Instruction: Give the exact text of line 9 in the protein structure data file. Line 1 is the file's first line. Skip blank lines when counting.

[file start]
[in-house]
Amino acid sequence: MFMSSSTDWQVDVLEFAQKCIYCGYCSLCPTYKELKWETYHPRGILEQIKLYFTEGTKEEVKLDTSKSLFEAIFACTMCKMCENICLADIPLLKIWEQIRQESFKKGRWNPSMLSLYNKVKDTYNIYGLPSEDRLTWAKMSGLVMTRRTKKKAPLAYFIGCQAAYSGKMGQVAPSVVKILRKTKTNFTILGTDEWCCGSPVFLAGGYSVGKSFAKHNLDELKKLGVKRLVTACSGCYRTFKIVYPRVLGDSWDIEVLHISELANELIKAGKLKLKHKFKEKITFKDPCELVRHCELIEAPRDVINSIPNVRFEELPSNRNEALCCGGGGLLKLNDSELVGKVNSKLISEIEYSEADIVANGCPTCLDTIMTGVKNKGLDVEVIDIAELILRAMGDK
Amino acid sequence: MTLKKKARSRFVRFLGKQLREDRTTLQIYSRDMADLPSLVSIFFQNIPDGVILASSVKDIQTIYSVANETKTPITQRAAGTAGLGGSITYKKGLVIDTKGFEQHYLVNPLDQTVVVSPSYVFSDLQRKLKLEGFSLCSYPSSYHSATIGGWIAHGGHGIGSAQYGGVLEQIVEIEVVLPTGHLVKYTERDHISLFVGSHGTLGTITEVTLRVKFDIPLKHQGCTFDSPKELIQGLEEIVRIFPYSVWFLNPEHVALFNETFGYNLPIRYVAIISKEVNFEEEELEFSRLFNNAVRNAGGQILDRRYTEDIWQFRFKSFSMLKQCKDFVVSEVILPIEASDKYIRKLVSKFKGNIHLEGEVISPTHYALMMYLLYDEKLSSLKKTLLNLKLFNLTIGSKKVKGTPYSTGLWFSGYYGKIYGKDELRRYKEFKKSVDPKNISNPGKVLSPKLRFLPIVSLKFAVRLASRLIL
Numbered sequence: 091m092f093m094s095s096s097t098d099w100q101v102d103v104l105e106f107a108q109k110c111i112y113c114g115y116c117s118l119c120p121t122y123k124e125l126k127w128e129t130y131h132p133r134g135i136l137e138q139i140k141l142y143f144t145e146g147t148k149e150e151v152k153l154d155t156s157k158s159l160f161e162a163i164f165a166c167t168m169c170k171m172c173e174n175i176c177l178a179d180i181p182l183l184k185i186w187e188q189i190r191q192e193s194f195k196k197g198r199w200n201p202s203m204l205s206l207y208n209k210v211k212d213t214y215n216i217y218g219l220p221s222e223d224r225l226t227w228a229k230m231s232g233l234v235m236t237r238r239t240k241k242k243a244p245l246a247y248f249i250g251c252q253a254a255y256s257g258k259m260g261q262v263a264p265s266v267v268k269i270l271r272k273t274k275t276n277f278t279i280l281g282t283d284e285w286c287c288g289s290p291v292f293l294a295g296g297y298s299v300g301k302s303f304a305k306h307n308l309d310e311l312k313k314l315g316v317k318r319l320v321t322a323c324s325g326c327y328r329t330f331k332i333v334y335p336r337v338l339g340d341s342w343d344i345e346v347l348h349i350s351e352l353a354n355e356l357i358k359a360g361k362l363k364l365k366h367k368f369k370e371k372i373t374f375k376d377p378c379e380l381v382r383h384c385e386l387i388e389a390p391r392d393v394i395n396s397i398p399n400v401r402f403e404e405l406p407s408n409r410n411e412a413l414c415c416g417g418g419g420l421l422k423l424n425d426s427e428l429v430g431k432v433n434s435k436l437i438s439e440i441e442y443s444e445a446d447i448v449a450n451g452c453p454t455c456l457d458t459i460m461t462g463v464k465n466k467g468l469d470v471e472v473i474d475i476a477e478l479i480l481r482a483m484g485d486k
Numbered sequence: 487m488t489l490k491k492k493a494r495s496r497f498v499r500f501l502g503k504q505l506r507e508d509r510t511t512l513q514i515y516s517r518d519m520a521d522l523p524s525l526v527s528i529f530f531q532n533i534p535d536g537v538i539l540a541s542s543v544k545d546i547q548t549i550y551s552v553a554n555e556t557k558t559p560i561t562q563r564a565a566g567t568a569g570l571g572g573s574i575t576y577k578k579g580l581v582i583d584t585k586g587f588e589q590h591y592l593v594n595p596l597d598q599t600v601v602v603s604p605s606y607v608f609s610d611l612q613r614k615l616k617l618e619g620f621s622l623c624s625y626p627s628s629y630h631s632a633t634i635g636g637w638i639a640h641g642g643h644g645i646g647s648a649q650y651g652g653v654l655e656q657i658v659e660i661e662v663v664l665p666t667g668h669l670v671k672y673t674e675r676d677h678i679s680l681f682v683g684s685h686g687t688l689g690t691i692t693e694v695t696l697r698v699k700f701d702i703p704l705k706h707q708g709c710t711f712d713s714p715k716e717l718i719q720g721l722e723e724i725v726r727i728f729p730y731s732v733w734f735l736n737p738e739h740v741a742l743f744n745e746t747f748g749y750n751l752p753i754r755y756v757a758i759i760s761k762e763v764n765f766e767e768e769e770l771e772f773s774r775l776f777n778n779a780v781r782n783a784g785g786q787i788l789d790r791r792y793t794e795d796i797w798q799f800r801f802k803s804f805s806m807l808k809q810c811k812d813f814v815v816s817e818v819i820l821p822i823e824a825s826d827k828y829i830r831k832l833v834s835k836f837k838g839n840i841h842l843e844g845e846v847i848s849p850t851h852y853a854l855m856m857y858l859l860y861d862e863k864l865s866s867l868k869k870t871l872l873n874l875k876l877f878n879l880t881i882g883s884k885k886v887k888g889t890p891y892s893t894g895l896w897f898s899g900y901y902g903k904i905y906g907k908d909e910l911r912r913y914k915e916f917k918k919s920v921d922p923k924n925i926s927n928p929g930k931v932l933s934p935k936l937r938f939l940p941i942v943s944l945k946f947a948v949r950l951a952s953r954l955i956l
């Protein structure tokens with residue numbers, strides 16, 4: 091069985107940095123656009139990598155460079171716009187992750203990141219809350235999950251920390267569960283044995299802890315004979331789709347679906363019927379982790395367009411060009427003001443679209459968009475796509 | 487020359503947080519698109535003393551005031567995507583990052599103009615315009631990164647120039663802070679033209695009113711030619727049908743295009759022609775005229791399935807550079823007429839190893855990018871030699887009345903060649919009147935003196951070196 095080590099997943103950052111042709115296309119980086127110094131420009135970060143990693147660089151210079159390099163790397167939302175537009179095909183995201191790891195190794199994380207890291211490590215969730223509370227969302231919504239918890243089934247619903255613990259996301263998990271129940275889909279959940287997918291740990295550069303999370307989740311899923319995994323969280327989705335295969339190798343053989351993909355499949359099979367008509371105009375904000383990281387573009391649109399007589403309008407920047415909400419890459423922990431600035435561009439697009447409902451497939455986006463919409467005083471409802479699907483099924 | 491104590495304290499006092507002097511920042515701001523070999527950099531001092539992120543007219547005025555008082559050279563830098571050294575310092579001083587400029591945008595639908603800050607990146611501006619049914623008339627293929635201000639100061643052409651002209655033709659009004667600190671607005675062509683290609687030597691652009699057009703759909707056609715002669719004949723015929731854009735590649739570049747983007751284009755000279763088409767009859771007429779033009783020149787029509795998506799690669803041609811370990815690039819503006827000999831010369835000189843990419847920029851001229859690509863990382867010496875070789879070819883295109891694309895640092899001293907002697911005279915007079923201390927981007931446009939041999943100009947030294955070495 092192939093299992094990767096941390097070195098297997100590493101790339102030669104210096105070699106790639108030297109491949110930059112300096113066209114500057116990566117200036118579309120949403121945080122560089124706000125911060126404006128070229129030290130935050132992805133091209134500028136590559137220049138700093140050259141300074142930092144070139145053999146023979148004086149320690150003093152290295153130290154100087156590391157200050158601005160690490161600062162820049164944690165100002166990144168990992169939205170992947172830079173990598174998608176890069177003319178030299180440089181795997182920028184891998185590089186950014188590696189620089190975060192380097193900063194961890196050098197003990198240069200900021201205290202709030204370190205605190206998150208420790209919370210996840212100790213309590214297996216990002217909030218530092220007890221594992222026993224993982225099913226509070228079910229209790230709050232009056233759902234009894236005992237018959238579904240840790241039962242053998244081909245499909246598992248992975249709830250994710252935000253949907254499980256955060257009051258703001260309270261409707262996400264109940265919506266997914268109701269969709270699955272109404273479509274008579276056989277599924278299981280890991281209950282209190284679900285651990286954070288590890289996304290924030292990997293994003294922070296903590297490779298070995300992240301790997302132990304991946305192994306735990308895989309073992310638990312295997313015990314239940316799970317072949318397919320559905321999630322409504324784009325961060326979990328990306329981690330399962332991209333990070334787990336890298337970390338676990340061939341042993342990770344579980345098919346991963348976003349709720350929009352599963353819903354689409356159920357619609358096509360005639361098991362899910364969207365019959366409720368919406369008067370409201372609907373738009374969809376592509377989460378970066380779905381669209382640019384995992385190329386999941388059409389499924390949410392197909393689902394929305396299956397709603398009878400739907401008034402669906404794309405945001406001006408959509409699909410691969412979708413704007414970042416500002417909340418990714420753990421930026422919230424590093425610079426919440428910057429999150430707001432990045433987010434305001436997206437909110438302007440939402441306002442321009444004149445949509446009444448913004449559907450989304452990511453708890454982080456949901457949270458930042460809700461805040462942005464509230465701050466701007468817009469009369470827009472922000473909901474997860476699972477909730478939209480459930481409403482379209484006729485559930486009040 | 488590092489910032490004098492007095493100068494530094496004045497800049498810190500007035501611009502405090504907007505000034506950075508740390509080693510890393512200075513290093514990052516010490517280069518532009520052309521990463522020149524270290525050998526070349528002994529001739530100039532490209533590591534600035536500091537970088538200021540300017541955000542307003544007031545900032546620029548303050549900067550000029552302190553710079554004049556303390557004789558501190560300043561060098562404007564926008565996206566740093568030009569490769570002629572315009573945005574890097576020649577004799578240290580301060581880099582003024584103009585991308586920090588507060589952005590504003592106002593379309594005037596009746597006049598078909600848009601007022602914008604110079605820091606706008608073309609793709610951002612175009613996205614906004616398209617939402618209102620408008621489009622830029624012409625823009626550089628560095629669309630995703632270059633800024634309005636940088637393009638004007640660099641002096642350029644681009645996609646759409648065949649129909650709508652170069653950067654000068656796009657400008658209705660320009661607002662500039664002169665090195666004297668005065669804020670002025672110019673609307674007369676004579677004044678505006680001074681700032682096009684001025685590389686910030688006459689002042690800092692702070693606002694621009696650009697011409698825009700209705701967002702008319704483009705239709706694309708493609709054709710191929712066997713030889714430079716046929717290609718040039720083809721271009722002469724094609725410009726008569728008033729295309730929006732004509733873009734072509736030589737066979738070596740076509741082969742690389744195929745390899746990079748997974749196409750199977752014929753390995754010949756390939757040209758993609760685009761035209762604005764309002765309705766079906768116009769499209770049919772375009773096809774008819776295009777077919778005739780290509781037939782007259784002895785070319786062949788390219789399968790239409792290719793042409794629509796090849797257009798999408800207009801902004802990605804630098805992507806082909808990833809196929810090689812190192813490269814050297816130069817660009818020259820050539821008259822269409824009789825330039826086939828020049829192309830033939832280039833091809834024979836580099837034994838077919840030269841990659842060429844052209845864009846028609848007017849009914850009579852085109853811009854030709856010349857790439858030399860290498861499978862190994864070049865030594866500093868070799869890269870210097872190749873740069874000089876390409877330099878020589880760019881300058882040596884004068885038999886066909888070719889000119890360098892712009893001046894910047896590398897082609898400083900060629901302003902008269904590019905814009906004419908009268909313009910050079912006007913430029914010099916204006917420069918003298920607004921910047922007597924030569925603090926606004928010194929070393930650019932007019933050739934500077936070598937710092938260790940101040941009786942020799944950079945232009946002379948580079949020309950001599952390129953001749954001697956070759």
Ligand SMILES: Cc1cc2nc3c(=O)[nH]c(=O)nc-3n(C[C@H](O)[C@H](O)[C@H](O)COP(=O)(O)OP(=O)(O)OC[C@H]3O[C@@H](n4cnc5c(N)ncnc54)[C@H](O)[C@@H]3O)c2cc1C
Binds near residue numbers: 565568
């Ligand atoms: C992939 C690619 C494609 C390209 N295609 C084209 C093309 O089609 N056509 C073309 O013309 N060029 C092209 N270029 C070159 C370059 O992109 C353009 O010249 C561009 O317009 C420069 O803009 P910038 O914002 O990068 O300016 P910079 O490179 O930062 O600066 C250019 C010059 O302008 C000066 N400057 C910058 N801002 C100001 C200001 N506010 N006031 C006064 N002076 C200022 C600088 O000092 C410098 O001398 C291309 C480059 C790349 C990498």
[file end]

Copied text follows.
């Ligand atoms: C992939 C690619 C494609 C390209 N295609 C084209 C093309 O089609 N056509 C073309 O013309 N060029 C092209 N270029 C070159 C370059 O992109 C353009 O010249 C561009 O317009 C420069 O803009 P910038 O914002 O990068 O300016 P910079 O490179 O930062 O600066 C250019 C010059 O302008 C000066 N400057 C910058 N801002 C100001 C200001 N506010 N006031 C006064 N002076 C200022 C600088 O000092 C410098 O001398 C291309 C480059 C790349 C990498």